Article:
The children hated me for a number of years. They refused to visit their dad as long as I was living in the house. You cannot imagine how nasty they were to me. The one daughter looked me in the face at the Memorial and stated.."I bet you will be lonely now" I fell apart, but took my tears home. They had a party at one of the kids house after the Memorial for all the people who came from Germany. I was not invited. Wonder what their dad would have thought of that?
Helpful Answer (0)
Report

I agree with those that say it is her money and she can do what she wants with it. If she was so horrible, why would you want anything of hers to remind you of those years? Having gone through this myself, I had what little my mother had given to me and I split it with my brother. Enough said. She left no will and didn't even speak to me the last year of her life. She was plain ornery. The only reason I took care of her belongings is that the "stuff" needed to be gotten out and sold or donated, which I did. My estate is handled by a good lawyer. I had four children and for some reason, all but one want not to be in contact. I tried, they did not. No answers, no contact. It has been almost twenty years and they seem to have inherited what they deserve...my mother's life style and attitude. If that is what they want, that is what they get. The others in the family, a daughter, SIL, granddaughter and greatgrand children seem to get along fine with each other and also me. So I have to assume that I am NOT the ogre that they think I am. When I die, I told my lawyer that I will have to assume that they predeceased me as I have no idea where they are nor do I care.

My life goes on and when I am gone, I remember what my MIL told me years ago. You cannot take anything with you. Look in my casket...if you see any money, take it and put in a check. She was a grand woman for whom I was very grateful. So live your life and forget about inheritances. No one owes anyone anything unless they take out a loan.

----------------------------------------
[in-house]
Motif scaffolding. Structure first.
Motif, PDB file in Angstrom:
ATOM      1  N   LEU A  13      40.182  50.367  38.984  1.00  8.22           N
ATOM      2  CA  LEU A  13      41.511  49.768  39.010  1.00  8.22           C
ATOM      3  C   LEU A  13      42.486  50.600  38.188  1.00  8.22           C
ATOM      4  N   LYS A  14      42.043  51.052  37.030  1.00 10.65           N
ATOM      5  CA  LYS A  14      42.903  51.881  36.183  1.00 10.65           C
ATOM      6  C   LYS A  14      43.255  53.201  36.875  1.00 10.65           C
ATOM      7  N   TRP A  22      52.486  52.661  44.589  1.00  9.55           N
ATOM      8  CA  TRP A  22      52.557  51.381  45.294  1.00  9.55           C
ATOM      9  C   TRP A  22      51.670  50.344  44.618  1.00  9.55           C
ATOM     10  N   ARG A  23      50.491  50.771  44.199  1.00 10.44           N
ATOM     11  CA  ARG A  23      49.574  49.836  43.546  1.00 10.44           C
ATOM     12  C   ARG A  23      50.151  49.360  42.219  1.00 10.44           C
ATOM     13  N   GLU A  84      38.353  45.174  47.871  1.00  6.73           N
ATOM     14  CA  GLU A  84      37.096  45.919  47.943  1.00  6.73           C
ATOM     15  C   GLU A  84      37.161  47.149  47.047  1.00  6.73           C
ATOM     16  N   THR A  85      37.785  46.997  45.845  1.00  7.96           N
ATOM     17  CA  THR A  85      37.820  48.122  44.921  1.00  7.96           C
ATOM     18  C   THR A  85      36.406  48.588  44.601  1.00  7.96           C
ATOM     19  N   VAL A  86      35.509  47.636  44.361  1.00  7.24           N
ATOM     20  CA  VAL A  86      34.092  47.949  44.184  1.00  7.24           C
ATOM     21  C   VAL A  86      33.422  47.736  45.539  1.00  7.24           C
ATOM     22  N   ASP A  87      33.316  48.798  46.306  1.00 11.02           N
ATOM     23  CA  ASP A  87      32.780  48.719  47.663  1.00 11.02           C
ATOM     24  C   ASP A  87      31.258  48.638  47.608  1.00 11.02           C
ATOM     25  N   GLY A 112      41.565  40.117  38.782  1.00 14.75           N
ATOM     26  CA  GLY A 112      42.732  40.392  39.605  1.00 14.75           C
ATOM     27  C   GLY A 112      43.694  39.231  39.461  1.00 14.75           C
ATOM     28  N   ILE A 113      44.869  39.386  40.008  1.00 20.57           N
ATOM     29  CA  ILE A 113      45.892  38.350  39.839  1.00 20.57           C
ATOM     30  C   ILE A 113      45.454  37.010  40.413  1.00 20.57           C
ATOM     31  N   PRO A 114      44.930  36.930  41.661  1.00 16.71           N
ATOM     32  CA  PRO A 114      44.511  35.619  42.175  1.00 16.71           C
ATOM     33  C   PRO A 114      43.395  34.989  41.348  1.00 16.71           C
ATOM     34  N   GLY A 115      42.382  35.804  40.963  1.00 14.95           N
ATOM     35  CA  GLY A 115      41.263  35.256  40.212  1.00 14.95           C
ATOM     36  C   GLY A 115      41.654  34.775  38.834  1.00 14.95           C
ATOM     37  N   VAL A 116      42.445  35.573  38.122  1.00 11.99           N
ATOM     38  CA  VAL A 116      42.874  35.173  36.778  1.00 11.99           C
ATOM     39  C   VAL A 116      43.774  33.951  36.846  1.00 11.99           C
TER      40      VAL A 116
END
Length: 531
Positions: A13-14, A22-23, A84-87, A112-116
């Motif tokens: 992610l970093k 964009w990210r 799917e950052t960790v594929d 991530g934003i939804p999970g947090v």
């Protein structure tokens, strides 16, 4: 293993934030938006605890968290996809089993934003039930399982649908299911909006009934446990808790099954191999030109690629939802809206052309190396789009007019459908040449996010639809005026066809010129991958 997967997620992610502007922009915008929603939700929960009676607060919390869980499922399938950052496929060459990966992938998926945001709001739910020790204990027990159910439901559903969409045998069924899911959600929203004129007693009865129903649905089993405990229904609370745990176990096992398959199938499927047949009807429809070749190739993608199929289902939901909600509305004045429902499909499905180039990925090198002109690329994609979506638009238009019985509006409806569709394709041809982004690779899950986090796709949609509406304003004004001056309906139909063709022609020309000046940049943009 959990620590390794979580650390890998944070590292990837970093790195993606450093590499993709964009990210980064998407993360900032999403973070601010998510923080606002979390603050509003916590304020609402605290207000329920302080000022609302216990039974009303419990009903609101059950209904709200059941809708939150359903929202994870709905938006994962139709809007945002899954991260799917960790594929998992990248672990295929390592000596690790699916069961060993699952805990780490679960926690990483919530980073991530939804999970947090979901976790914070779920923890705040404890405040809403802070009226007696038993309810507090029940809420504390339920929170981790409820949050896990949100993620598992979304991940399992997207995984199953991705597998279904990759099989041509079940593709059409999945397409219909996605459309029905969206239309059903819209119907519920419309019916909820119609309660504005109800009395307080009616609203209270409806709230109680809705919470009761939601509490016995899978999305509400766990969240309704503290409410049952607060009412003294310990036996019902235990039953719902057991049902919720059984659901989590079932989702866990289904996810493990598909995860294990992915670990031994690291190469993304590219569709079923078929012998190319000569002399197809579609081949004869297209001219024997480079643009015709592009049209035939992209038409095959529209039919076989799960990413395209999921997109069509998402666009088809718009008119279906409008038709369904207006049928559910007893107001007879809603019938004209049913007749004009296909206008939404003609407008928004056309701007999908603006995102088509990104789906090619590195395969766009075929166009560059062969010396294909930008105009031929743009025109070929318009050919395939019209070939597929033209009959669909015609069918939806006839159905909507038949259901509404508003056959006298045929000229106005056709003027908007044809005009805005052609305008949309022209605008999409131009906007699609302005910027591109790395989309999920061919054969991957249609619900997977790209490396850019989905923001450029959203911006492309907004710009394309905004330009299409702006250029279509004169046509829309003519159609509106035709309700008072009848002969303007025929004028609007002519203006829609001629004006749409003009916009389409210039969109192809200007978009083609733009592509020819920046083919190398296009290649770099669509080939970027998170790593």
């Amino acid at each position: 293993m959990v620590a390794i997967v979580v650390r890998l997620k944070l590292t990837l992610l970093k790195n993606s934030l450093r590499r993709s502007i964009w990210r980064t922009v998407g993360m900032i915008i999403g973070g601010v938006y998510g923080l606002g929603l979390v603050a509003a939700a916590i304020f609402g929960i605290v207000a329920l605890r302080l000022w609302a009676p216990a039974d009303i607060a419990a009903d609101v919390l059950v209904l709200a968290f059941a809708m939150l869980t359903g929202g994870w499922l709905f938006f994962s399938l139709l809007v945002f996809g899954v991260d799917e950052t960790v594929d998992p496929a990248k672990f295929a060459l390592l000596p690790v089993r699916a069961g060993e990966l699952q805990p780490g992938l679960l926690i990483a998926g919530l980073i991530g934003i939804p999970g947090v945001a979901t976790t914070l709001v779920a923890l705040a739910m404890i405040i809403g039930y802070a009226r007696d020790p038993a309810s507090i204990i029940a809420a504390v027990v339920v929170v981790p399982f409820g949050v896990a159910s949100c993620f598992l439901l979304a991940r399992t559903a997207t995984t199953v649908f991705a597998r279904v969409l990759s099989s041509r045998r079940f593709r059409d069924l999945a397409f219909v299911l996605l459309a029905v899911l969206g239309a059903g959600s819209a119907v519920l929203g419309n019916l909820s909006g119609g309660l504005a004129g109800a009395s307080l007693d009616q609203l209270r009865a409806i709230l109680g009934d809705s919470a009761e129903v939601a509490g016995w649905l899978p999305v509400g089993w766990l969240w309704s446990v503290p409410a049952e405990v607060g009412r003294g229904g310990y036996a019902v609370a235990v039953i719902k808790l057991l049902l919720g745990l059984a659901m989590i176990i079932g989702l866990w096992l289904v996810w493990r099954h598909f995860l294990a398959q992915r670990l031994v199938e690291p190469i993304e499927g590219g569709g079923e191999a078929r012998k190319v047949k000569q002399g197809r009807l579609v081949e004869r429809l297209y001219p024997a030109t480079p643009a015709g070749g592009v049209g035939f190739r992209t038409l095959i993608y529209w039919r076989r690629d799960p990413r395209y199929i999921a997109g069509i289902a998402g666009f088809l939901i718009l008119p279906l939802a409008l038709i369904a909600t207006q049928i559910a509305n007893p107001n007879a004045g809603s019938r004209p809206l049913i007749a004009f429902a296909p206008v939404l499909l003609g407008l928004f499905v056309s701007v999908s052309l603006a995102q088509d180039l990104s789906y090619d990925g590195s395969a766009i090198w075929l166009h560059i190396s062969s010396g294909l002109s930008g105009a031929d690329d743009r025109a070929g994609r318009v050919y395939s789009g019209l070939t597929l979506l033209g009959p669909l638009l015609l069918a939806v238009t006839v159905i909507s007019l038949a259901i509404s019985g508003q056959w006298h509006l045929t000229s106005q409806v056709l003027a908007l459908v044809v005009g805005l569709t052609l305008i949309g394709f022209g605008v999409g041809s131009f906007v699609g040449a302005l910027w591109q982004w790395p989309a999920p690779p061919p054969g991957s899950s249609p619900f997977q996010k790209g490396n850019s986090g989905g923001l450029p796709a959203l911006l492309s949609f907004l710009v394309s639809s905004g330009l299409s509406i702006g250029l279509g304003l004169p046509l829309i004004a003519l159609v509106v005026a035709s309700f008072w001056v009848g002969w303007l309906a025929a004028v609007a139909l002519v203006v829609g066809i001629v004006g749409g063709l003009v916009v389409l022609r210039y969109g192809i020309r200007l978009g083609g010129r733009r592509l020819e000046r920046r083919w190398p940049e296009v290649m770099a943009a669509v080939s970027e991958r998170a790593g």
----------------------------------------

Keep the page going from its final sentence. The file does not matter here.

Helpful Answer (0)
Report

I agree with Ferris1, leave well enough alone. Anything that was left by the deceased has the RIGHT to leave it to whom she wishes and she disinherited the others because she could. GET OVER IT, jealousy will get you nowhere
Helpful Answer (1)
Report

A person making their own Will has every right to leave their assets to WHOMEVER they choose. That said, the "left out" children don't have a leg to stand on unless the mother-in-law signed her documents under duress and coercion. Let it go!
Helpful Answer (1)
Report

I believe this requires the work of an attorney.
Helpful Answer (1)
Report

Brother who got the money is actually the loser. The rest of the siblings will find love for and enjoyment with each other while healing and moving on. I, too, know how difficult it is when it is our spouse who is being treated so terribly. Do what you want to me, I can handle it; but sh*t on someone who I love, and it makes me see red. Funny, my husband feels the same way with how one of my brothers treats me!
Helpful Answer (2)
Report

Consult lawyer is a good idea.
My thought is if it can be determined that there was fraud in the inducement, there is a chance to challenge the will.

Grace + Peace,

Bob
Helpful Answer (1)
Report

Dejavuagin, I LOVE THAT! It is futile to hold a grudge, for unfixable wrongs! Amen!
Helpful Answer (2)
Report

ohJude, your story was delightful. It is so galling to read about the injustices in the lives of so many of us who post here, but that one story lifted my spirit.

2ndBest, yours is truly a Grinch story! Your husband's family, minus Mommy Dearest and her pet, can celebrate a loving relationship with the power to heal. It's futile to hold a grudge for unfixable wrongs, especially for someone who is beyond your reach to influence. Just remember that MIL was the primary victim of her hatefulness after all and she had to live 24/7 with that ugly person. Just be glad you aren't subjected to THAT fate!
Helpful Answer (2)
Report